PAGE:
Vol 3 Section 0987

1903                                                                            923

I am new to my business, but I should never dream of making use of the toads that fell from a man’s mouth, only the pearls; and then I was so interested in the conversation that I clean forgot that I was there with a purpose. One of the things that I had really meant to ask you was your opinion of the International Copyright question—Have you got an opinion, or rather are you willing to make it public? And now I am gathering courage, like Abraham I would ask you another one—do you mind being photographed in your Tuscan surroundings some day when the sun shines, or can you give me one or two snapshots of yourself here? [MTP].

Paola de Plaisant, attorney, wrote to Sam, again about the flap over use of the stables at Villa Quarto. Paolo had visited Smith the day before to hear his interpretation of the lease on the matter. He repeated his understanding born by his previous letter; the stables could be in the basement of the Villa, but that would be unhealthy for Livy; another large stables nearby were suggested. He asked if Sam could write the Countess about the matter [MTP].

December 2 Wednesday

December 3 ThursdayAt the Villa Reale di Quarto near Florence Sam wrote to Eleanor V. Hutton (Mrs. Laurence Hutton). “I thank you ever so much for your congratulations, & for sending me that accurate description of me. Been in bed a week, but am getting around again. With love to you both…” [MTP].

Susan Crane wrote to Sam (here used the forwarded copy for Rogers typed by Jean with a few comments added by Sam):

Dear and Holy Samuel. / That picture which I intended to draw for you early in November was delayed for a manifest reason.

Lewis sat in the warm sunshine, on the edge of the porch, waiting for me to walk up from the farm barn. He wished to arrange some of the conditions of the lease of his farm, for we have no written contract. We were so warm that I laid aside my wraps, and he sat in his patched, faded blue overalls, with his white head uncovered.

We talked of the farm, and he told me how near he was to securing the old Bible stolen from the Dunker meeting house after the battle of Antietam, he wishing to restore it to the old church, etc.

We never talk long without Lewis giving me considerable philosophy, and this porch-visit Nov. 3rd was no exception.

As it drew to a close, I brought to Lewis your offering and mine, for the month, and said “I do not know whether the gift will be continued from Mr. Clemens’ friend or not, it is doubtful as he has met with some losses.” He turned on me a look of surprise, disappointment and inquiryand said, “if it’s not asking too much. I have thought that friend might be Mr. Langdon, and he did not wish to have me know of his generosity.”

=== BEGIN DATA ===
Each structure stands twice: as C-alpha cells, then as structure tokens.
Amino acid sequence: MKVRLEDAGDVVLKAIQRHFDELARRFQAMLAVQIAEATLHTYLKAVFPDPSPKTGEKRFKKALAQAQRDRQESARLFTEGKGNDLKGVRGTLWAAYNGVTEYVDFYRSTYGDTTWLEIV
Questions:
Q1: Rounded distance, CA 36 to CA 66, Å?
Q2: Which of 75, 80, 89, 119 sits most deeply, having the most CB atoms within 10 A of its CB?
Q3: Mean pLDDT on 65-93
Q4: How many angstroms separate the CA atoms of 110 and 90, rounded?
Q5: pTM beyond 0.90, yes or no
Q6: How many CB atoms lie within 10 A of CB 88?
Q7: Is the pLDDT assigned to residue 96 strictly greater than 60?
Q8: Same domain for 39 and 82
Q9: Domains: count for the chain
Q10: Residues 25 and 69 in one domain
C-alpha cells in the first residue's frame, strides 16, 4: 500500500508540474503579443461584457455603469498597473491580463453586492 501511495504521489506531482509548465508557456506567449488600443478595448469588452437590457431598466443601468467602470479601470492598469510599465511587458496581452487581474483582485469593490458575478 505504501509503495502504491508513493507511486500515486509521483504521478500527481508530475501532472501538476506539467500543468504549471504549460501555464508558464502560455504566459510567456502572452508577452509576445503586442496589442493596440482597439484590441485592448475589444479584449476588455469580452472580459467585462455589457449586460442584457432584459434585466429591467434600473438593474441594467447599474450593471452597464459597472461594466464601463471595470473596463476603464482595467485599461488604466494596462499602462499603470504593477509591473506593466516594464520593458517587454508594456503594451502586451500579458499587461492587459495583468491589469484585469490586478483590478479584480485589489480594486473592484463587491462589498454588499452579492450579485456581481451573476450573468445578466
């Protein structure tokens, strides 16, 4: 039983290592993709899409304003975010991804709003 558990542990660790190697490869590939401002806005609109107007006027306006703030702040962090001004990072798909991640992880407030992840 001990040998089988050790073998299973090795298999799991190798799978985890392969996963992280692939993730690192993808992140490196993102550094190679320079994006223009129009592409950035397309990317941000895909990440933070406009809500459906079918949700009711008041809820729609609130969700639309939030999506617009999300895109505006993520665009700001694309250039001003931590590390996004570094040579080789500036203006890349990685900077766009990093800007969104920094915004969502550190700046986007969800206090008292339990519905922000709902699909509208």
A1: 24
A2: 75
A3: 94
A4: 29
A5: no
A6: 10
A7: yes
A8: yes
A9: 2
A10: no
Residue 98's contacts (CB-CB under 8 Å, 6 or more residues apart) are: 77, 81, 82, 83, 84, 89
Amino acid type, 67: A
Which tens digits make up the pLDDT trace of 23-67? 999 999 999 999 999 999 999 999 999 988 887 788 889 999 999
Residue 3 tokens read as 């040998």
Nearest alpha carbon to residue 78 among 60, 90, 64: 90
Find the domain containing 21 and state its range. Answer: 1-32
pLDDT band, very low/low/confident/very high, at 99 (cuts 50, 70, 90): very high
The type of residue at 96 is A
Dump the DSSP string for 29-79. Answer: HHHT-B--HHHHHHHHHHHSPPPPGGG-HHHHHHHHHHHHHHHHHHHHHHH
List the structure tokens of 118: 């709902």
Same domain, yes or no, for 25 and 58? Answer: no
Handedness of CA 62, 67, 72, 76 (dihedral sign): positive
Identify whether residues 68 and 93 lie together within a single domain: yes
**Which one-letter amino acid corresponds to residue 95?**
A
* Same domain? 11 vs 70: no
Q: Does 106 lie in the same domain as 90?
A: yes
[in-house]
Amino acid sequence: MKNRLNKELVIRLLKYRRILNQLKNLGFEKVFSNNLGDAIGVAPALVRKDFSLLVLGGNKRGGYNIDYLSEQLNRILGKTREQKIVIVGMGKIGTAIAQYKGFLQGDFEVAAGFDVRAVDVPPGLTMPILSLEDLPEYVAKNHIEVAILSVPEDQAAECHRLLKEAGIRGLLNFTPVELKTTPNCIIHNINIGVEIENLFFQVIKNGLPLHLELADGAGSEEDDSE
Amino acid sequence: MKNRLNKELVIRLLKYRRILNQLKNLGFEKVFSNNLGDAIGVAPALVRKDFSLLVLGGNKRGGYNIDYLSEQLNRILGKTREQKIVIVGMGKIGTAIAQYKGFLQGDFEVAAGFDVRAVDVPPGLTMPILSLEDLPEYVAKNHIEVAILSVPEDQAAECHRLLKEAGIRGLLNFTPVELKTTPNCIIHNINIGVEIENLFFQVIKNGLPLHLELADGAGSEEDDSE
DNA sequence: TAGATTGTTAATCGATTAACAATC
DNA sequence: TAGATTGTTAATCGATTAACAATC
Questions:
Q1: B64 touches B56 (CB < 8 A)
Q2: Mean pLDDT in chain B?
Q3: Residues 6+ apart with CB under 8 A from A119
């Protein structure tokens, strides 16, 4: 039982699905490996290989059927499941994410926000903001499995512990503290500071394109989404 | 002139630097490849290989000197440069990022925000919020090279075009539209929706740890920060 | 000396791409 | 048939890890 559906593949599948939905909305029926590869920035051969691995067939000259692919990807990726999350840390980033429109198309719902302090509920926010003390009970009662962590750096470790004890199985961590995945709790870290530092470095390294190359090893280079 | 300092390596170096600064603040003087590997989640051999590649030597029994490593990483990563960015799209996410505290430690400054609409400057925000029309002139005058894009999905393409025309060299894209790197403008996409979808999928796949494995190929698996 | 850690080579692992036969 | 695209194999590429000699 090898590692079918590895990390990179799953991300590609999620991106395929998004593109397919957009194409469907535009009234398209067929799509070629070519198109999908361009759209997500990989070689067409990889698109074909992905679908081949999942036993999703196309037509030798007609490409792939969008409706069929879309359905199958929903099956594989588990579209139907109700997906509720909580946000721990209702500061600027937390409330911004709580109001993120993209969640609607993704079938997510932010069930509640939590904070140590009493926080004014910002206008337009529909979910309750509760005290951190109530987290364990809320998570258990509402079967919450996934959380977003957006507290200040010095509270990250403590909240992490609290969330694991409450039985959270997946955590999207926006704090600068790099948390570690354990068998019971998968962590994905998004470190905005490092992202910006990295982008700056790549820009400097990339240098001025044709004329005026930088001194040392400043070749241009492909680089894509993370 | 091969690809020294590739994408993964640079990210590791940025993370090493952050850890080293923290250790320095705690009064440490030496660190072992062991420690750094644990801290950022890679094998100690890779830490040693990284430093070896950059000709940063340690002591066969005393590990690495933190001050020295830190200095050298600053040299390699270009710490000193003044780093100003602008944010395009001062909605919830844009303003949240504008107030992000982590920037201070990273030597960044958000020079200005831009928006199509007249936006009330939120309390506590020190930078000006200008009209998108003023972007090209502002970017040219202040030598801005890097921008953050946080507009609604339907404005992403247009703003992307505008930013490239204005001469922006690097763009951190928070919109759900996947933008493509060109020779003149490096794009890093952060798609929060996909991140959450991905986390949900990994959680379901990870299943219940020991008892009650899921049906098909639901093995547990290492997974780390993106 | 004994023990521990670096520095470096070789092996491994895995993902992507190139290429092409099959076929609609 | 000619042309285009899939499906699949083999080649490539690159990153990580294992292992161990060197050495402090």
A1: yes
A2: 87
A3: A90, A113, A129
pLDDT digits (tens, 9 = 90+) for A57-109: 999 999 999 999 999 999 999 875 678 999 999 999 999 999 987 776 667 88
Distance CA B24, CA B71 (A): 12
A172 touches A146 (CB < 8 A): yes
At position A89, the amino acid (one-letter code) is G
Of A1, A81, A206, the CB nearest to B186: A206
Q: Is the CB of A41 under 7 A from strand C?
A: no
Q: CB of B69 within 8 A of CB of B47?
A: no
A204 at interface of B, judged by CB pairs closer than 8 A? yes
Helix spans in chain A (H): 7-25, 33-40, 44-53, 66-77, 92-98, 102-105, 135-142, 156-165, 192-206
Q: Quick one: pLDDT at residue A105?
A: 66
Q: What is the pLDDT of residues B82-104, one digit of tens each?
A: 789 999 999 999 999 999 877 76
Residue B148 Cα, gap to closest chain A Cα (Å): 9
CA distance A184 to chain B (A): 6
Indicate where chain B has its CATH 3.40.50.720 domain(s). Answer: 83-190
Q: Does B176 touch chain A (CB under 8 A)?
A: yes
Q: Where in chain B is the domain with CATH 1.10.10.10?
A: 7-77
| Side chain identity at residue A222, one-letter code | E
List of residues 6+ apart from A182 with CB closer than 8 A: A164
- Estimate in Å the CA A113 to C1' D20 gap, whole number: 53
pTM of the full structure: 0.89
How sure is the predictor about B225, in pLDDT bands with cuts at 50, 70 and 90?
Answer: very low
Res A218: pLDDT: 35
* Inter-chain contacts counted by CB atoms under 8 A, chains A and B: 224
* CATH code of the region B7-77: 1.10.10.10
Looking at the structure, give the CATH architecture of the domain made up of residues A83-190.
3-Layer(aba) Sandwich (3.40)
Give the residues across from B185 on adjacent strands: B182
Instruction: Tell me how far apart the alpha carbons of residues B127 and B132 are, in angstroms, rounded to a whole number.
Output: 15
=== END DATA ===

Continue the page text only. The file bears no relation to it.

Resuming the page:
When I said “no,” Lewis seemed relieved that Mr. Langdon had not met with losses. He thought a few minutes, as if to put down any selfish consideration, then said, “I wish you would ask Mr. Clemens to thank his friend for what he has done for me, and tell him I am very sorry he has lost money, and not just because I shall miss his gift to me.”

[in right margin, in SLC’s hand: Now this ought to touch you, Mr. R!]

Lewis’ look and tone conveyed more than the words can, of sincere sympathy. During the month he has called several times, but he has not mentioned the subject. Yesterday as I was at luncheon, I heard his voice and Molly came to say she wished to see me, but that she would give him a dinner, and I need not hurry to see him.

In due time Lewis appeared, with an old gray overcoat half covering the usual light blue suit. Covering no one knows how many other suits. In his hand an old, much worn ennamel cloth tra veling bag dated 1860. but looking as if it might have come over in the Mayflower. The entire equipment save the illuminated face of the man, was well worn and very old. In the bag was the historic Bible, which he wished me to see, and a forty year old hard tack. Lewis was delighted to have the Bible with the hope of starting it on its return to Antietam today. He drew a long breath as he handed me an envelope, saying, “all the good things come together today.” It was the check from Mr. Rogers for $20.

SLC used mourning border for most letters from Susy’s death on, then from Livy’s death on.